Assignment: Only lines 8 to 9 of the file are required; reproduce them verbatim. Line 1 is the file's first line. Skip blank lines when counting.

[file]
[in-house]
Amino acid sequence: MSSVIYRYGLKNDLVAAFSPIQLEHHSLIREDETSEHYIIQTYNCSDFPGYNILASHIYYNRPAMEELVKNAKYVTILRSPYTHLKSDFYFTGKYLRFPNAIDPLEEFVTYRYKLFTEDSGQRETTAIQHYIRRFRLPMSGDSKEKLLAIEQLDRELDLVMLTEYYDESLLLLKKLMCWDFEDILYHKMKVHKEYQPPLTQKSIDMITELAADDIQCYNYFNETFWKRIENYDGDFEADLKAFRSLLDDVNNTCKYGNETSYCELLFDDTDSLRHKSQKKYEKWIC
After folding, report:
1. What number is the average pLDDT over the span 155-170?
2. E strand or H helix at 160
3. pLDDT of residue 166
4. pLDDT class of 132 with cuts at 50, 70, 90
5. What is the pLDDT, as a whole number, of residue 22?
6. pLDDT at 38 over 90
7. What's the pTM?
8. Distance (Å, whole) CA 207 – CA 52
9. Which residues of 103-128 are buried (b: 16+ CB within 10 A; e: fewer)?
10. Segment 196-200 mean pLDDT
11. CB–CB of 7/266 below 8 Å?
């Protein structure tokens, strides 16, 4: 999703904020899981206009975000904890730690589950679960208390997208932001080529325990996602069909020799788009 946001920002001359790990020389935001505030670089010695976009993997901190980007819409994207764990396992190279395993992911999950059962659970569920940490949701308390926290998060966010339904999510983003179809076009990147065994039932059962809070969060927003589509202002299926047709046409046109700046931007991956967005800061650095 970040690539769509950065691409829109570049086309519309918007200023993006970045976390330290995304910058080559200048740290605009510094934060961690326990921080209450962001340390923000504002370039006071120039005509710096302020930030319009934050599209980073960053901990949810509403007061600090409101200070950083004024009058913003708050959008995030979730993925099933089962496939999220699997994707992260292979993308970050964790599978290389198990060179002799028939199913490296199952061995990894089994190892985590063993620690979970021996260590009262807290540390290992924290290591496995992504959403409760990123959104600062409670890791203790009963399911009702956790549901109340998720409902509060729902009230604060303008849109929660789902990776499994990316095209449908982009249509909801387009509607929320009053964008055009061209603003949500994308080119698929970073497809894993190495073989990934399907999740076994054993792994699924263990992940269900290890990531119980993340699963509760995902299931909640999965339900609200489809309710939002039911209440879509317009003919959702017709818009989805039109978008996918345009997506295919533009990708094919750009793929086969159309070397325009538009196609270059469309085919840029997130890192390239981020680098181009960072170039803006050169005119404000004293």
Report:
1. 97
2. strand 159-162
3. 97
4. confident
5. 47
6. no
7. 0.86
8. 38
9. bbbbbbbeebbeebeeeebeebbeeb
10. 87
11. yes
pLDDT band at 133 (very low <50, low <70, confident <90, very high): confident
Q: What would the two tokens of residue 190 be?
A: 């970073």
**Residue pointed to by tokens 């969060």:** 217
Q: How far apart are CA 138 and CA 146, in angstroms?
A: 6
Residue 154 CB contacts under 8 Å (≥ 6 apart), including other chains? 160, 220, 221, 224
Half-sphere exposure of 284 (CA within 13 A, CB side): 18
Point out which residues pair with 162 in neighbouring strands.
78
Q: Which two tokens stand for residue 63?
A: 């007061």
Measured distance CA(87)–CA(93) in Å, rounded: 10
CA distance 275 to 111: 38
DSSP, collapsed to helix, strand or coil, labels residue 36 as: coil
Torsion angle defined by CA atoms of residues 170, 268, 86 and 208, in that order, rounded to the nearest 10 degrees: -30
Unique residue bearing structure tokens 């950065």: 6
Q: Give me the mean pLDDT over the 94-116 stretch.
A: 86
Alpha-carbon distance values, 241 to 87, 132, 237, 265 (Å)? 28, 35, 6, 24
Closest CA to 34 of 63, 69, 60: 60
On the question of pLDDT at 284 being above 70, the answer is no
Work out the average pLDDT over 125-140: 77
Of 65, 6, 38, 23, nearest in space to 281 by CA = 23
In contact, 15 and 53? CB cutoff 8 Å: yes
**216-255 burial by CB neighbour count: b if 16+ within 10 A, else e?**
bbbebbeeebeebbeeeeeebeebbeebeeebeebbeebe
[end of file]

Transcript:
5. What is the pLDDT, as a whole number, of residue 22?
6. pLDDT at 38 over 90